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Papers of the Week

Papers: 13 Feb 2021 - 19 Feb 2021

Animal Studies, Pharmacology/Drug Development

2021 Feb 12

J Neurosci

Interleukin-4 induces the release of opioid peptides from M1 macrophages in pathological pain.


Labuz D, Celik MÖ, Seitz V, Machelska H
J Neurosci. 2021 Feb 12.
PMID: 33593854.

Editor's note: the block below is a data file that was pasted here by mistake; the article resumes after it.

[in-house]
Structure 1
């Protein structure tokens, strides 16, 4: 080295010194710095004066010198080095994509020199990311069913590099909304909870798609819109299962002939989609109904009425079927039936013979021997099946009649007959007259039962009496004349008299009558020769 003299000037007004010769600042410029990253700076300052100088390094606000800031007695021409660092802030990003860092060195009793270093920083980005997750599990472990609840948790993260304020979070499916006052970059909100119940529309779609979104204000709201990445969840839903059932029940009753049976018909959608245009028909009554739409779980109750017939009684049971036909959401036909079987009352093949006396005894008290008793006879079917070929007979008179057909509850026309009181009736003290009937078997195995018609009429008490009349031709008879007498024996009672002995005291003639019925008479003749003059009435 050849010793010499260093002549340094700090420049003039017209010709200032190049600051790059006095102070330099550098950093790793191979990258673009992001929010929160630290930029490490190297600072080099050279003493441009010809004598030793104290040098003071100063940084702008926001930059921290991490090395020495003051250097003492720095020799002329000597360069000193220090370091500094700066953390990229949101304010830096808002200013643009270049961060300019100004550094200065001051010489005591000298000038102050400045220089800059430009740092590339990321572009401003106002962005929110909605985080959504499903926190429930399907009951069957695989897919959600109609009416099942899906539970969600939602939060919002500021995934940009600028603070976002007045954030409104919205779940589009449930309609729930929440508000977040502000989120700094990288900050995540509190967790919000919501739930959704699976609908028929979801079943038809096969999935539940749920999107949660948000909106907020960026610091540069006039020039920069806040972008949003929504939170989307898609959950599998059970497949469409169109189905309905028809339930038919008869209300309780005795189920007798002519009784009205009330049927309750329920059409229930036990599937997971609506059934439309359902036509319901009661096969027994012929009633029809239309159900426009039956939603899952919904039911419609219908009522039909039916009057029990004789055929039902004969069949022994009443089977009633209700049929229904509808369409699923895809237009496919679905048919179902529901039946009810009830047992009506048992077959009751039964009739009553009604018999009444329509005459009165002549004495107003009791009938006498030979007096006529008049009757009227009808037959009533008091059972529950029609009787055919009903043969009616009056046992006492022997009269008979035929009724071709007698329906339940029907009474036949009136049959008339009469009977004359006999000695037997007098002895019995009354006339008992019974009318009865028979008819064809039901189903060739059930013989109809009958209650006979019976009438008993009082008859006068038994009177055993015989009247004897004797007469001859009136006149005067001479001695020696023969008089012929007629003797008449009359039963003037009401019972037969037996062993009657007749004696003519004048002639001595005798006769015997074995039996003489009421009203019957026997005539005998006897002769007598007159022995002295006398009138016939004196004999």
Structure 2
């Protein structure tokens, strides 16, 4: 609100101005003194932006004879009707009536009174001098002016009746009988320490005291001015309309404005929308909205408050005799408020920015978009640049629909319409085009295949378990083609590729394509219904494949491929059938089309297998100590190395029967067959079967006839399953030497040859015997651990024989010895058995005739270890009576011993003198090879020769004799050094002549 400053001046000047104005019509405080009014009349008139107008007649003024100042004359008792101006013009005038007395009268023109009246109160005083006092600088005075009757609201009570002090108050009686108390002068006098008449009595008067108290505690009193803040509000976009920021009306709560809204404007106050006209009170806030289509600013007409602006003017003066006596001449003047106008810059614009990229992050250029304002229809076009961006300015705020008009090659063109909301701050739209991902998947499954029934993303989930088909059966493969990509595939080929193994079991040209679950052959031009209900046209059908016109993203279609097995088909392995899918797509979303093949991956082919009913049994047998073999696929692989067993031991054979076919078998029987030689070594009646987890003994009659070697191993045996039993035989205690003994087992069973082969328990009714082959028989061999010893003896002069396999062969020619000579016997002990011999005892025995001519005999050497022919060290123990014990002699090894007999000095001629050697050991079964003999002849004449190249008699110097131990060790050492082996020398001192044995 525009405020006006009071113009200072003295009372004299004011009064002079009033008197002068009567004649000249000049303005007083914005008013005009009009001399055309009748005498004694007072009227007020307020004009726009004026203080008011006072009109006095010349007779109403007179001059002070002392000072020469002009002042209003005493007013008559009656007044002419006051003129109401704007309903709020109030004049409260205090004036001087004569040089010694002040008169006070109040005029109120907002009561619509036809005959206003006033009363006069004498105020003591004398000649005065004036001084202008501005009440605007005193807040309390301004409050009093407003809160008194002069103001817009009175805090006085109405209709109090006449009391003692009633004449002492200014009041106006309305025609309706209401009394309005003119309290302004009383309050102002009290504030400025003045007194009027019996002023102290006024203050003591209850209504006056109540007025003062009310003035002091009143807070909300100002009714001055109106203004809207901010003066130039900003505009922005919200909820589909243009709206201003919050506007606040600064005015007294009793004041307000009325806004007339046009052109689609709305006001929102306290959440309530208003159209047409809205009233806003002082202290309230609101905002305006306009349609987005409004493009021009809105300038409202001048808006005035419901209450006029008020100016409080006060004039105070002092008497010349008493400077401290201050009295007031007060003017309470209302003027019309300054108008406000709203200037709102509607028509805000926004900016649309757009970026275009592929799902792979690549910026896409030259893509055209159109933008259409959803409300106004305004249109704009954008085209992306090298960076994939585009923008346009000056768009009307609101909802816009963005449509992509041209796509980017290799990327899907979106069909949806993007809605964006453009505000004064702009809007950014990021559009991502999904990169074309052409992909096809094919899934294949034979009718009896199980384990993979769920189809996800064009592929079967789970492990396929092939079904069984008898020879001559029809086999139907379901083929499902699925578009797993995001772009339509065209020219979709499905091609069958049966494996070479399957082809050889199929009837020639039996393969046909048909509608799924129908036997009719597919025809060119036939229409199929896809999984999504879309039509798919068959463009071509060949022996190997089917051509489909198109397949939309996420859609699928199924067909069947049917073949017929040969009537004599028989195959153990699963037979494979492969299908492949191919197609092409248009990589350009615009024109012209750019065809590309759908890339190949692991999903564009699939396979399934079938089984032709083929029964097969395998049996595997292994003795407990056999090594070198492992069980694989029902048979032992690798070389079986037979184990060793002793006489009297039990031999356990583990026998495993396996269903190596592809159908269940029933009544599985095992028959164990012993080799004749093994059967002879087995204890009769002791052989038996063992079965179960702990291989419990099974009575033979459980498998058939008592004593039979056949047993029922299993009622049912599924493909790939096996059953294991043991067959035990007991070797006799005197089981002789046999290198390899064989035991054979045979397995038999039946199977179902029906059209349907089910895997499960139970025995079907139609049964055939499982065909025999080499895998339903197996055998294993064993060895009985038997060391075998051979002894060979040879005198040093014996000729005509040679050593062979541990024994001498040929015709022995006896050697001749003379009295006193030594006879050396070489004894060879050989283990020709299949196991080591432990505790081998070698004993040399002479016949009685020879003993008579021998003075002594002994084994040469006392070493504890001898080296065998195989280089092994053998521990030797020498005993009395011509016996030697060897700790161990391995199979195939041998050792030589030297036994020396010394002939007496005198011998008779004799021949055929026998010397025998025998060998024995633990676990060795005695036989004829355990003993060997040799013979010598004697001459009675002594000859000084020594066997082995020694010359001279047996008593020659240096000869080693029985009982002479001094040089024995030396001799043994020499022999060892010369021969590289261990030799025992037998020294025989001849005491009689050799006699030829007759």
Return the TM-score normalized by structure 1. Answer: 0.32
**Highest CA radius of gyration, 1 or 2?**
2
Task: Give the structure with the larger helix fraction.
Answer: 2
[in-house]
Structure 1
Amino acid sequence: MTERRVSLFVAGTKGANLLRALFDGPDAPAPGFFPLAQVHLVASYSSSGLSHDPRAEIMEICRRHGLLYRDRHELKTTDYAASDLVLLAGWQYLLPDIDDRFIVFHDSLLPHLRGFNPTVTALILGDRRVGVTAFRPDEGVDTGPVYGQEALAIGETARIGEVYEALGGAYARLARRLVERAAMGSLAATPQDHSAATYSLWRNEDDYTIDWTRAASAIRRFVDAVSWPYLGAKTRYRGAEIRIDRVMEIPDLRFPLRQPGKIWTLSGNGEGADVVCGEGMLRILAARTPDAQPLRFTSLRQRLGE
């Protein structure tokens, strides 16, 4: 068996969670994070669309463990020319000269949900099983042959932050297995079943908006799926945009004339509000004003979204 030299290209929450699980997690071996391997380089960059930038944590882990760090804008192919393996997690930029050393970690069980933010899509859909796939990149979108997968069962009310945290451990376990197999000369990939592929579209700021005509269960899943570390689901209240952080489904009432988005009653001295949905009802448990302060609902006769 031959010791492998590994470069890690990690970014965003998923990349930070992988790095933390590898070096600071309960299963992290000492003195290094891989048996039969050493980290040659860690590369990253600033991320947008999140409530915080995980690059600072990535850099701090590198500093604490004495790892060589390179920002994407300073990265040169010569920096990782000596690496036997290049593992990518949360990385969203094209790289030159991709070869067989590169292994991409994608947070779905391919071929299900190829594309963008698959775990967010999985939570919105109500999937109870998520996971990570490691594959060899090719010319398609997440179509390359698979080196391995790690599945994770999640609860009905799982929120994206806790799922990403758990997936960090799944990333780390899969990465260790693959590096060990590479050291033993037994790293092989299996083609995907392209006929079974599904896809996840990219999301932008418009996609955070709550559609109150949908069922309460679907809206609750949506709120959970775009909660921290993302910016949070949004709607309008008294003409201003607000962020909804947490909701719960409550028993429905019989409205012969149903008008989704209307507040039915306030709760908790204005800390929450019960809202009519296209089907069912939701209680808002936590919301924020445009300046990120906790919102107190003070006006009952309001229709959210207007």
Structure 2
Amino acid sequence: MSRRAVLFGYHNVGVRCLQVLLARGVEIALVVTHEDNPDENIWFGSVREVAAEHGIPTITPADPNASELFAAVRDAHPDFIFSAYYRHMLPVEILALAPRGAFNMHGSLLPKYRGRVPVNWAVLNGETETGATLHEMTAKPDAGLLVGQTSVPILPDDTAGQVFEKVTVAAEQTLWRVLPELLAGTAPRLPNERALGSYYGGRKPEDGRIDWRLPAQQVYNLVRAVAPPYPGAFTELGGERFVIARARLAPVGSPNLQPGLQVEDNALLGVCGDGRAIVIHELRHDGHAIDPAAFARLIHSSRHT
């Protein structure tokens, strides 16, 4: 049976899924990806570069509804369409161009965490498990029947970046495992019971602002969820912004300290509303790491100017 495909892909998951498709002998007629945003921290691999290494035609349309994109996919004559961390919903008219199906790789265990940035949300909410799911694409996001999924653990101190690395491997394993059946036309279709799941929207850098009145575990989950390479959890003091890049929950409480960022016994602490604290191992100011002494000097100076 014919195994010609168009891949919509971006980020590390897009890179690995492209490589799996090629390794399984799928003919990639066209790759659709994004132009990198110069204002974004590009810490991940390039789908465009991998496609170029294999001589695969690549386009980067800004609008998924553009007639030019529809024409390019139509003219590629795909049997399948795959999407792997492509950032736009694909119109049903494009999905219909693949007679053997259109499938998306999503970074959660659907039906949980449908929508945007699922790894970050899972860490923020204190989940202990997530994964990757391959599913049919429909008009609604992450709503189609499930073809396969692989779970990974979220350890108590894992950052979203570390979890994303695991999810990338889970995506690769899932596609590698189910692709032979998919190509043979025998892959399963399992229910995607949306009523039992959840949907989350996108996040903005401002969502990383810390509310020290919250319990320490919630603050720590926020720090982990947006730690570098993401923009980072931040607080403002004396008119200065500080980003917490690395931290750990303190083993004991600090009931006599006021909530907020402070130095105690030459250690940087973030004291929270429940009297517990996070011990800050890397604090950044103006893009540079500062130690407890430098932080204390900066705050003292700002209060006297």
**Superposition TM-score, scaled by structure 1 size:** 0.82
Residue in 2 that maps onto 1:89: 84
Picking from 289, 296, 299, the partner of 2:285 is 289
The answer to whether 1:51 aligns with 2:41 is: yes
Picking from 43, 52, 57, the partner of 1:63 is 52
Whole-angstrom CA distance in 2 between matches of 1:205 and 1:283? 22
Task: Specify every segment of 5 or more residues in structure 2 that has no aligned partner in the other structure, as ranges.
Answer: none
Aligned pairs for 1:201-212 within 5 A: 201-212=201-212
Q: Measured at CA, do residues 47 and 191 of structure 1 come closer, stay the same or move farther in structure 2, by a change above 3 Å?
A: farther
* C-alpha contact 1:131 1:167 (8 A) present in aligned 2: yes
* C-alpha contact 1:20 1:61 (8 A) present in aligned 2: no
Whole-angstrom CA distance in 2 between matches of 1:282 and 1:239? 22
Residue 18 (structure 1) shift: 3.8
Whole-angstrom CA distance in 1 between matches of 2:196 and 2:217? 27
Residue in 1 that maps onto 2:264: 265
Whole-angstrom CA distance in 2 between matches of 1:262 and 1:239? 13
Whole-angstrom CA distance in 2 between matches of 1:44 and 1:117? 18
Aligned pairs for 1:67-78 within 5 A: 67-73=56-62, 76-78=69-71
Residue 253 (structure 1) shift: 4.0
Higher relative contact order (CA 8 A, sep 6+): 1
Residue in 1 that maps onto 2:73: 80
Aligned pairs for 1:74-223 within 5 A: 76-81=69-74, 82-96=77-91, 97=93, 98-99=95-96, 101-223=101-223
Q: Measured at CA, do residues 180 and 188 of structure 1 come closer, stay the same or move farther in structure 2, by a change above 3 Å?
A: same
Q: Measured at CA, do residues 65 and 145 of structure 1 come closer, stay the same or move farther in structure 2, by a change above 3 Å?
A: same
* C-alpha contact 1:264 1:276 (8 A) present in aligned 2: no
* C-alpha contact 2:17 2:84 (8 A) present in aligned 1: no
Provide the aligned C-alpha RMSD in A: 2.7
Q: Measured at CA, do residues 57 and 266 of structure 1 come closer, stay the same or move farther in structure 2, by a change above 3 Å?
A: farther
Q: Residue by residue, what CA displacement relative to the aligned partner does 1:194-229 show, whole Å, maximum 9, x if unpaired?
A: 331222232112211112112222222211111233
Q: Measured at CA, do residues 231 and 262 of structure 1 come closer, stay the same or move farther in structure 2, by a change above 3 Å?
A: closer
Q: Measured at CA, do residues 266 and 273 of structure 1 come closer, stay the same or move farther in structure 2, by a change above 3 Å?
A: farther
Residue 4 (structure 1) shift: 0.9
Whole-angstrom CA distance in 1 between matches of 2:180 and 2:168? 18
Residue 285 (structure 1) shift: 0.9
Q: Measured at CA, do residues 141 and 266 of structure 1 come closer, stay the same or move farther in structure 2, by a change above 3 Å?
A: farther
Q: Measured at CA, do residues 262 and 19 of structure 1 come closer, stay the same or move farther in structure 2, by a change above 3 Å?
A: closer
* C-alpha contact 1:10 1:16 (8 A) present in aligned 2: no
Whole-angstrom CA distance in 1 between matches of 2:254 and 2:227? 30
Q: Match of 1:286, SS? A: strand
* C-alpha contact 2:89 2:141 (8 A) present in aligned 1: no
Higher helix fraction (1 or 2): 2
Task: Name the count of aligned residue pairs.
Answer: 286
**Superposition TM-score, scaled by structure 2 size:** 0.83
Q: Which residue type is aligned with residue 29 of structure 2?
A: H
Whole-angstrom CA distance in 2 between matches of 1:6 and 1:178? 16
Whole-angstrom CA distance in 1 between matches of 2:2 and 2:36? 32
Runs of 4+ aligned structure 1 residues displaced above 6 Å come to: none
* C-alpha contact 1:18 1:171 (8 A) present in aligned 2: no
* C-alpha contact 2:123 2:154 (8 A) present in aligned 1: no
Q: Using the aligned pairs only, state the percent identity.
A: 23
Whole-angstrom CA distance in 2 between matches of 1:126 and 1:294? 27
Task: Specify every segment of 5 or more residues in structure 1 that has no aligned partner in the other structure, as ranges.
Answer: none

Interleukin-4 (IL-4) is an anti-inflammatory cytokine, which can be protective in inflammatory and neurological disorders, and can alleviate pain. Classically, IL-4 diminishes pain by blocking the production of pro-inflammatory cytokines. Here, we uncovered that IL-4 induces acute antinociception by IL-4 receptor α (IL-4Rα)-dependent release of opioid peptides from M1 macrophages at injured nerves. As a model of pathological pain we used a chronic constriction injury (CCI) of the sciatic nerve in male mice. A single application of IL-4 at the injured nerves (14 days following CCI) attenuated mechanical hypersensitivity evaluated by von Frey filaments, which was reversed by co-injected antibody to IL-4Rα, antibodies to opioid peptides such as Met-enkephalin (ENK), β-endorphin and dynorphin A 1-17, and selective antagonists of δ-, µ- and κ-opioid receptors. Injured nerves were predominately infiltrated by pro-inflammatory M1 macrophages and IL-4 did not change their numbers or the phenotype, assessed by flow cytometry and qRT-PCR, respectively. Macrophages isolated from damaged nerves by immunomagnetic separation and stimulated with IL-4 dose-dependently secreted all three opioid peptides measured by immunoassays. The IL-4-induced release of ENK was diminished by IL-4Rα antibody, intracellular Ca chelator, and inhibitors of protein kinase A (PKA), phosphoinositide 3-kinase (PI3K), and ryanodine receptors. Together, we identified a new opioid mechanism underlying the IL-4-induced antinociception that involves PKA-, PI3K-, ryanodine receptor-, and intracellular Ca-mediated release from M1 macrophages of opioid peptides, which activate peripheral opioid receptors in injured tissue.Interleukin-4 (IL-4) is an anti-inflammatory cytokine, which can ameliorate pain. The IL-4-mediated effects are considered to mostly result from the inhibition of the production of pro-inflammatory mediators (e.g., IL-1β, tumor necrosis factor, prostaglandin E2). Here, we found that IL-4 injected at the injured nerves attenuates pain by releasing opioid peptides from the infiltrating macrophages in mice. The opioids were secreted by IL-4 in the intracellular Ca-dependent manner and activated local peripheral opioid receptors. These actions represent a novel mode of IL-4 action, since its releasing properties have not been so far reported. Importantly, our findings suggest that the IL-4-opioid system should be targeted in the peripheral damaged tissue, since this can be devoid of central and systemic side effects.